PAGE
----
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A closer look at tools which can improve your meetings

Experts love to say that meetings kill productivity. Unnecessary and poorly planned meetings certainly do, but some meetings are necessary. Meetings can seal new business deals. They can launch teams on productive new ventures. They can correct course on a project gone wrong. And they can facilitate camaraderie among collaborators who are unable to be together in the same space. When you absolutely must have a meeting, you'll need some tips for holding more productive meetings, as well as the right software to do so.


Outlook probably comes to mind as the typical office software used to schedule meetings, but I find many of Outlook's features clunky and difficult to use as intended.

If all your meeting participants are skilled Outlook users, you can probably find a time to meet that works for everyone, reserve a conference room, and get that meeting on the calendar using nothing but Outlook. I need something simpler, and I'm something of an organisational tools aficionado, so I can only imagine how others might feel about Outlook as a scheduling tool. is that simple solution. It's one of my favourite websites for planning meetings and get-togethers. is a free website and service that makes scheduling as simple as creating a poll.

You invite people to the poll (by sending around a URL, or inviting them directly from Doodle), and they mark the times they're available based on choices the poll creator provides. It's an efficiency dream come true.

For more about Doodle, see my interview with Doodle's founder Michael Naef, which includes a video showing how Doodle works.

Virtual meeting hosting

Webex and GoToMeeting are two of the most well-known virtual meeting services that, in my experience, tend to be used by people whose companies already have an account with that provider. Paid accounts of either are packed full of features, such as the ability to record meetings, chat with other participants, share everything happening on someone's computer screen, connect multiple webcams, and much more. GoToMeeting requires an application install to use.

Webex does offer a free account (GoToMeeting does not), but it comes with some tight limitations. For example, only one person can host meetings, and the maximum number of people in the meeting is three. Everyone in the meeting needs to use VoIP because phone dial-in is not supported, and the host can share her desktop, whiteboard, and documents, but not applications or anything running remotely. So if you're using either of those services, you'll probably want the paid account. is another popular choice for hosting virtual meetings. Like Webex, it has a free option, but with loose constraints on the limitations. A free account accepts up to 10 participants in a virtual meeting, and it supports screen sharing and the ability to share control (i.e. to hand over some of the hosting duties to another participant).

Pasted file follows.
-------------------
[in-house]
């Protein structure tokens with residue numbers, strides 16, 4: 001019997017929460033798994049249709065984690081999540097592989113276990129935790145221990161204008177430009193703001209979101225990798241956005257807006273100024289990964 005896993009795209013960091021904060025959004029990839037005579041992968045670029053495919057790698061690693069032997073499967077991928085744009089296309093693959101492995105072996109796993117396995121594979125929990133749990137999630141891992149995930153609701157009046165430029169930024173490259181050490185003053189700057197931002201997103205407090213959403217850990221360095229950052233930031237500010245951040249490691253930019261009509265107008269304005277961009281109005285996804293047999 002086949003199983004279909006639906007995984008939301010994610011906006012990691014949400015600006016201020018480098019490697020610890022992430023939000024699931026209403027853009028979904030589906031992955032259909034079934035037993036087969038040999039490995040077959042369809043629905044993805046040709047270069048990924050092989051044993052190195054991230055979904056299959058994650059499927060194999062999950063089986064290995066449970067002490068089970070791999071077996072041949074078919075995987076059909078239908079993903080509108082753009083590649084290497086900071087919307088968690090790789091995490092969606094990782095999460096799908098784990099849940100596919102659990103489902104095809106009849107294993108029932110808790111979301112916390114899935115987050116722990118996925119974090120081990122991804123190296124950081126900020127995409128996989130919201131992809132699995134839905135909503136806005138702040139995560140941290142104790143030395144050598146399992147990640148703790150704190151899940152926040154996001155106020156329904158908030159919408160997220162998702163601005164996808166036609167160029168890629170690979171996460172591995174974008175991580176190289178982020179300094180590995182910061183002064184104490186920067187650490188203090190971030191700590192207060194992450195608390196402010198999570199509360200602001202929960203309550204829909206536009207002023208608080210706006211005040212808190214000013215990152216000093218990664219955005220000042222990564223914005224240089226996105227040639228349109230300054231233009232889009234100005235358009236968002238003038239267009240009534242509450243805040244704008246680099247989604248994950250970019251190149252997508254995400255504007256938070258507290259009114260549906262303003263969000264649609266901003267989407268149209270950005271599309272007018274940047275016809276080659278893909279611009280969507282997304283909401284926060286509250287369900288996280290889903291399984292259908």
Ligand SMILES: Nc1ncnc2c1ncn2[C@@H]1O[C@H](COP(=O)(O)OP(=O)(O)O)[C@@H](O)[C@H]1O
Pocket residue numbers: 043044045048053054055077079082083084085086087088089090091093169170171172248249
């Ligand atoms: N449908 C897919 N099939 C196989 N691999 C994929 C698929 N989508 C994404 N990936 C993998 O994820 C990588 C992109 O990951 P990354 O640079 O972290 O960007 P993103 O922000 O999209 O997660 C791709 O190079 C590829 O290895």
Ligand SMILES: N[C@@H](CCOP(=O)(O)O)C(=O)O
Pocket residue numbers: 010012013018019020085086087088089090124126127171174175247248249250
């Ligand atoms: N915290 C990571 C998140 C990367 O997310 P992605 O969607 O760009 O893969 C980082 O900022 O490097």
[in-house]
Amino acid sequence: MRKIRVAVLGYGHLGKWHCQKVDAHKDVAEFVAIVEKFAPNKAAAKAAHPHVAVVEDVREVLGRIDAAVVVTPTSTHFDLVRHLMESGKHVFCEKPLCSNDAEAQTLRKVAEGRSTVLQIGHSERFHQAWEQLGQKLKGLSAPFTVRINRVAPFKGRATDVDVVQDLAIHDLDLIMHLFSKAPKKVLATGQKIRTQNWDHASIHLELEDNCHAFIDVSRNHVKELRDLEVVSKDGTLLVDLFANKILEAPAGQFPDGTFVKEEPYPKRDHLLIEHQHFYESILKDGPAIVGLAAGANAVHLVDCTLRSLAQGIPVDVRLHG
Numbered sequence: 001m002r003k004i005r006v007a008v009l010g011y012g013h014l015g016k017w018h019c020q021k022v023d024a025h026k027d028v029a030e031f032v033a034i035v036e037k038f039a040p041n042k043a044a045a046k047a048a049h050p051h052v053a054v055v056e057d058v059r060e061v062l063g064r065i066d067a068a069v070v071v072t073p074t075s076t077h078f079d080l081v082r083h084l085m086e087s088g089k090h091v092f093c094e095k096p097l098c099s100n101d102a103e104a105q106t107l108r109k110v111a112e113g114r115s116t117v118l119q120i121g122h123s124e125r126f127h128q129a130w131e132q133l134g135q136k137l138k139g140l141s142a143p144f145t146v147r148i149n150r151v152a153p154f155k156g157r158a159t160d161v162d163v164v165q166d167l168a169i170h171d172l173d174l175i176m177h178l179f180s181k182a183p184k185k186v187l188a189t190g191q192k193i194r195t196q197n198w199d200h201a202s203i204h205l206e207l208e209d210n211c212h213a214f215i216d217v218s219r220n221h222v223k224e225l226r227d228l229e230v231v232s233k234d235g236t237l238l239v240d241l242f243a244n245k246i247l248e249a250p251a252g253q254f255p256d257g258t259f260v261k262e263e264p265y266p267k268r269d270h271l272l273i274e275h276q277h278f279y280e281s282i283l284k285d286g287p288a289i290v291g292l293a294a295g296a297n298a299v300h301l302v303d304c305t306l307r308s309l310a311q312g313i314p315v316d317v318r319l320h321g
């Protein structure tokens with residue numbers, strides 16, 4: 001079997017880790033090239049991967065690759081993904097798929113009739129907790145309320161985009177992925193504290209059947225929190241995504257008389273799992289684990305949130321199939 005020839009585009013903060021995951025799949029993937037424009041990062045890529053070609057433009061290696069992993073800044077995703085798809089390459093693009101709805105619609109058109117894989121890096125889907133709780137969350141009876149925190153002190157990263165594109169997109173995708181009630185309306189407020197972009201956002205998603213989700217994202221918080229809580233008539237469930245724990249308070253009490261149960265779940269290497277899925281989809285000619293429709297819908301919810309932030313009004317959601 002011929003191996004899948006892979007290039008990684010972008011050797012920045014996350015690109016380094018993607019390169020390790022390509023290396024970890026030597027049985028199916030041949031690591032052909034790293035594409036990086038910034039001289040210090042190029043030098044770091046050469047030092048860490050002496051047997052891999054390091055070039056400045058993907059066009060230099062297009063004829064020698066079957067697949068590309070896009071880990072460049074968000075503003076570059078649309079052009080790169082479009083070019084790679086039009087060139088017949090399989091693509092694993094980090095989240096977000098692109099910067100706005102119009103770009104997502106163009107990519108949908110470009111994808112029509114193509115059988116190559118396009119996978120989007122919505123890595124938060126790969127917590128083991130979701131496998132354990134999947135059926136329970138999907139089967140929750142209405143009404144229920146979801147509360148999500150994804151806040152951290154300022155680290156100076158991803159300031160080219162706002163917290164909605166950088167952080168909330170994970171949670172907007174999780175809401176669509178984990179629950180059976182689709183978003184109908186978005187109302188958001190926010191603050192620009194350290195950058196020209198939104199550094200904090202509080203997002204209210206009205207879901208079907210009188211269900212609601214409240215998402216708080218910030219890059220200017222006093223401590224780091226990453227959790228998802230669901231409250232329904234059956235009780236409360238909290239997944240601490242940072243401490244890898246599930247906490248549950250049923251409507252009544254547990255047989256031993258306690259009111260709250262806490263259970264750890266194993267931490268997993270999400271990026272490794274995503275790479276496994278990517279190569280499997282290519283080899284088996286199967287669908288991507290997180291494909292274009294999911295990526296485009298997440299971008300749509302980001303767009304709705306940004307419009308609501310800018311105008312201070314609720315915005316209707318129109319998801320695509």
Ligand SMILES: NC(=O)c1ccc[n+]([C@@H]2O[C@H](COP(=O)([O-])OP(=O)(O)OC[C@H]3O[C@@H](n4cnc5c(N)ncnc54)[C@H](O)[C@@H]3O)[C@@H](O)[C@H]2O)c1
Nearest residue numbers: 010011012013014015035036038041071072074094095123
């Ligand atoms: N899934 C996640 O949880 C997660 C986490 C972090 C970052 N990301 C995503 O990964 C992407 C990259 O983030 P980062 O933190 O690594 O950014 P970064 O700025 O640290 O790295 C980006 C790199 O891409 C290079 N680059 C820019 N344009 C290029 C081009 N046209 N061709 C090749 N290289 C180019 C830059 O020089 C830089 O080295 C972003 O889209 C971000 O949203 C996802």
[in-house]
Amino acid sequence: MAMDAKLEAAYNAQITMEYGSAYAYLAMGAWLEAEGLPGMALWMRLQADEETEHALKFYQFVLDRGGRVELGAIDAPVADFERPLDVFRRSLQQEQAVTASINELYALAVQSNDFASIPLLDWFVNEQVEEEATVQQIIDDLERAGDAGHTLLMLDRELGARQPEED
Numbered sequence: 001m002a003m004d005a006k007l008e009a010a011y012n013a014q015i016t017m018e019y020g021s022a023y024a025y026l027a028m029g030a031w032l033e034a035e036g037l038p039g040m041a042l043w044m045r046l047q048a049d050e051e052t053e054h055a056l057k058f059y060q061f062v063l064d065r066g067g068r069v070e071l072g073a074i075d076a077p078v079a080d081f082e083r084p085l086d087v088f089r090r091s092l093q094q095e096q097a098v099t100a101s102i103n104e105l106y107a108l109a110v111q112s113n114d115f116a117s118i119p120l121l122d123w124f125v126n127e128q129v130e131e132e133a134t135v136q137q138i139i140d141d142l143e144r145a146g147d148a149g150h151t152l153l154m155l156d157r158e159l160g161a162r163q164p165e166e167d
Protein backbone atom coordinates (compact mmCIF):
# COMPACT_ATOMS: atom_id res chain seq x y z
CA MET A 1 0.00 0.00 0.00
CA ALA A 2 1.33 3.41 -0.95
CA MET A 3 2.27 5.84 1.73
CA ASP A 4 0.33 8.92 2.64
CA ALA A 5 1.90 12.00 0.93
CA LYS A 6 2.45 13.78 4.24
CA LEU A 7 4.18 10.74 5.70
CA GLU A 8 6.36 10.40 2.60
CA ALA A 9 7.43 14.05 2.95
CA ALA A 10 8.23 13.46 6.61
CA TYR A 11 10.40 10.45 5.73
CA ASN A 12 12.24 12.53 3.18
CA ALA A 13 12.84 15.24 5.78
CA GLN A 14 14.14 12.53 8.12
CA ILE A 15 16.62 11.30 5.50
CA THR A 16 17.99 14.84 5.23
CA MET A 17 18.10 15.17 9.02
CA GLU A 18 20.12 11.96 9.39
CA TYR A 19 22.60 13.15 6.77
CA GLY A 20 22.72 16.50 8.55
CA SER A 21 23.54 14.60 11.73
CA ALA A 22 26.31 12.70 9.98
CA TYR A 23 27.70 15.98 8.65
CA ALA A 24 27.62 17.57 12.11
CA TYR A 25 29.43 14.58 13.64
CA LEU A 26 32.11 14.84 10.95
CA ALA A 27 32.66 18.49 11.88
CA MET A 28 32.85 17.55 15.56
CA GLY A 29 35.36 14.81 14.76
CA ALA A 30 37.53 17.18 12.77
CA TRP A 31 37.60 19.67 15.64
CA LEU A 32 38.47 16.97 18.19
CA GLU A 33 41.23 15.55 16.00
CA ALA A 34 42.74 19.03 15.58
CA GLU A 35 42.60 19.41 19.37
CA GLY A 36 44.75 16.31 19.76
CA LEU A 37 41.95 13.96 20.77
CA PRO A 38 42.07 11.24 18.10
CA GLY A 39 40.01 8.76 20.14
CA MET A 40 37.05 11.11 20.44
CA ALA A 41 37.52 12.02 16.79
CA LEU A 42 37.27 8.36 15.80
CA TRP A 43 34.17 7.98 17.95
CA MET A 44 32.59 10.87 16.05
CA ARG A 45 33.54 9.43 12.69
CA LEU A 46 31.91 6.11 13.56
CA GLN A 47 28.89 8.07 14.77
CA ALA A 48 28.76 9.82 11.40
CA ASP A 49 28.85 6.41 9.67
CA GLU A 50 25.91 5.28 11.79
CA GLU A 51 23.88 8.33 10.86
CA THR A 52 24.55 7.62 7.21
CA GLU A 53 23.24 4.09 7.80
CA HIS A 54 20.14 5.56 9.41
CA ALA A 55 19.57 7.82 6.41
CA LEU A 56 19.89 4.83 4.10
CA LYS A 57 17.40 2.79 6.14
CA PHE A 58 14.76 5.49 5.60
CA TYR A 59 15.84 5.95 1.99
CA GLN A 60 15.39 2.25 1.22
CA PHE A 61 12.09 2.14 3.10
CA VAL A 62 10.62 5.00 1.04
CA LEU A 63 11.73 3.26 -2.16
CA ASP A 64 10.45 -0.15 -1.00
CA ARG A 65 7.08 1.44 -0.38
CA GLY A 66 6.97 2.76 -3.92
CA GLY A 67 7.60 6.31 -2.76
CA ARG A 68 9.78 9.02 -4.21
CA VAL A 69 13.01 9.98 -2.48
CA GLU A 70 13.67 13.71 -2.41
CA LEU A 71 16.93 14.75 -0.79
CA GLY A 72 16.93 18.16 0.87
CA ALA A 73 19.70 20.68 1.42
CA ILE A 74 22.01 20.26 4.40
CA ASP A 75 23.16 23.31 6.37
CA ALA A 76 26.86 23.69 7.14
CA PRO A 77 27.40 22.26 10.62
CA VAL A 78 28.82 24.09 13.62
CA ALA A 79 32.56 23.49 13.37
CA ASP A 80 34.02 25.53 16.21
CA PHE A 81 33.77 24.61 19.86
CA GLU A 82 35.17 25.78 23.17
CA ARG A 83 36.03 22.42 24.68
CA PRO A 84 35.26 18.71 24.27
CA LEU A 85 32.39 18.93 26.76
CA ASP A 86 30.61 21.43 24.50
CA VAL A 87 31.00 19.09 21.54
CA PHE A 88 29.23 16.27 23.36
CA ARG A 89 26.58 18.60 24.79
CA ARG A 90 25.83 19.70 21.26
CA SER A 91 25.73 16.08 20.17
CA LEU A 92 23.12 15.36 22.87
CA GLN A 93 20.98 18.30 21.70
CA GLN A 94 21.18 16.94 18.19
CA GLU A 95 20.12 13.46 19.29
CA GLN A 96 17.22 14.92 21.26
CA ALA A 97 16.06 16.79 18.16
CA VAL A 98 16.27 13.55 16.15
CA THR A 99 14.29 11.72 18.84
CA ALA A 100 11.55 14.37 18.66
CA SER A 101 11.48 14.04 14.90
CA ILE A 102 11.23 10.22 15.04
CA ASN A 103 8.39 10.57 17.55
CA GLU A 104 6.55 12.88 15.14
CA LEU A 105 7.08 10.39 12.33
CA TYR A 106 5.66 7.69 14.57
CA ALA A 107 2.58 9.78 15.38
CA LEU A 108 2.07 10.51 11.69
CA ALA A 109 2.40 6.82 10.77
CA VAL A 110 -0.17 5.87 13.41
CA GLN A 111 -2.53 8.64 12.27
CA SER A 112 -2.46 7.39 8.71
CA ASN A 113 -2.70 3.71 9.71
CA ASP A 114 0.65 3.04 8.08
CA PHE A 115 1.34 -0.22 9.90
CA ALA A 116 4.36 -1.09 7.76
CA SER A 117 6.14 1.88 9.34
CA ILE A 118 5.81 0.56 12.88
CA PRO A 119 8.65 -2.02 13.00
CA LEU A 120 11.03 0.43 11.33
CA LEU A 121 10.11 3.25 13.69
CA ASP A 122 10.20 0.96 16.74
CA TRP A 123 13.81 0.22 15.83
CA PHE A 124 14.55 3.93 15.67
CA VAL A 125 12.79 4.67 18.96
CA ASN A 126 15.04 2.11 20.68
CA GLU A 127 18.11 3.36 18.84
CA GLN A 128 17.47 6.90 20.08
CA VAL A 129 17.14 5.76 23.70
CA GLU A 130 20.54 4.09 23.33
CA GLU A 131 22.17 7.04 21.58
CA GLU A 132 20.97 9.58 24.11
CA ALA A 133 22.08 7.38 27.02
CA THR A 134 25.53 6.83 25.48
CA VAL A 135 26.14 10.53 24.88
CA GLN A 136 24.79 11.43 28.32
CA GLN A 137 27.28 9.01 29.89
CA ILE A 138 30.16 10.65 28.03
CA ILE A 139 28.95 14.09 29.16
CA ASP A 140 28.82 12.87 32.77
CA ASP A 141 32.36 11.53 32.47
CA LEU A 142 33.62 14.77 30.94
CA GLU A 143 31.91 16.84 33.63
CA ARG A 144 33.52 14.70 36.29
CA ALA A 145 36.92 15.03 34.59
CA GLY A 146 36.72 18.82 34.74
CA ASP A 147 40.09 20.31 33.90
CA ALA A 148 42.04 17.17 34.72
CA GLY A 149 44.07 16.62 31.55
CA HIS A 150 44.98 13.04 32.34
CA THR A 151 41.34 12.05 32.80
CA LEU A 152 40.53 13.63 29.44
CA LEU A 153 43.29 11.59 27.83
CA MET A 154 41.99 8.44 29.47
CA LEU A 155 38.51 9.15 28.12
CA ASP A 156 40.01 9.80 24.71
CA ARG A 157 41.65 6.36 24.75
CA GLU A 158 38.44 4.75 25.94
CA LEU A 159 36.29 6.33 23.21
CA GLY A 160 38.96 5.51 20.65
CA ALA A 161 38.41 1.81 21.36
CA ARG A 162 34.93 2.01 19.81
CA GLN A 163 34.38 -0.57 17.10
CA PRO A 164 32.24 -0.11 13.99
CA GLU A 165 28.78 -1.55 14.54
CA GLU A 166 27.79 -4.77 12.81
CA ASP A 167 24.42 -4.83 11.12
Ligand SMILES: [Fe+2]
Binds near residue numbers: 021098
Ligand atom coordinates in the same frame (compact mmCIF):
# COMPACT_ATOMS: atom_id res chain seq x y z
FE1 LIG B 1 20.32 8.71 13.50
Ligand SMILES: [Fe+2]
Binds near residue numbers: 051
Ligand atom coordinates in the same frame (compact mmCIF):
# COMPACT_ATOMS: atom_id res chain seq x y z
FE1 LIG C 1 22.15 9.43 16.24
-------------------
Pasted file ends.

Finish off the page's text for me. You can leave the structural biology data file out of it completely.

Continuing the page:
MeetingBurner (free; Pro accounts from $39.95 which is £25 per month) is another option that runs in the browser with no installation required. With a free account, you can hold meetings of up to ten people, but VoIP isn't supported. Skype is, however, and works right within the service.

Skype isn't a bad tool for hosting certain kinds of meetings, but it's not always as reliable as some of the other services we've highlighted here. As with the other tools, a free Skype account comes with several limitations (no screen sharing is the big one for meetings, and video conferencing with only one other person), but it can be a convenient option when you need to quickly have an audio call with people who are spread out all over the world... and who already have Skype accounts.

Collaborating face-to-face

Most of the webinar tools named above facilitate online virtual collaboration, but when everyone is in the same room and can talk face-to-face, I like to use tools that are less management-intensive.

Google Drive (free) is handy in the office because multiple people can update documents in real time. You can see when someone else is editing or viewing the same document you have open. Google Drive isn't ideal on mobile devices, unfortunately. I still find it much easier to use on a laptop during meetings, as opposed to using the Google Drive iPad app, for example.

Asana has taken the collaboration world by storm with its excellent online collaborative task management (and project management) tool. It's a great service to use throughout your work cycles, and shows its value during meetings when it comes to creating new tasks, such as follow-up actions assigned to people at the end of a meeting.

Taking notes

Evernote (which has a free version) is the 800-pound gorilla of note-taking, and I use it furiously during meetings. I love that it has built-in audio recording functionality that lets me capture the entire conversation in case I need to refer to it later. It's also superb on a mobile device due to its camera feature. Snap a picture of a whiteboard, upload it to Evernote, and all the text in the picture is analysed by OCR and becomes fully searchable. A premium version is available for $45 (£28) per year. (free), which is designed for the explicit purpose of taking meeting minutes, works in a browser but operates both online and offline. When you're asked to take official notes for a meeting unexpectedly, launches quickly and works well, giving you a template for the task at hand.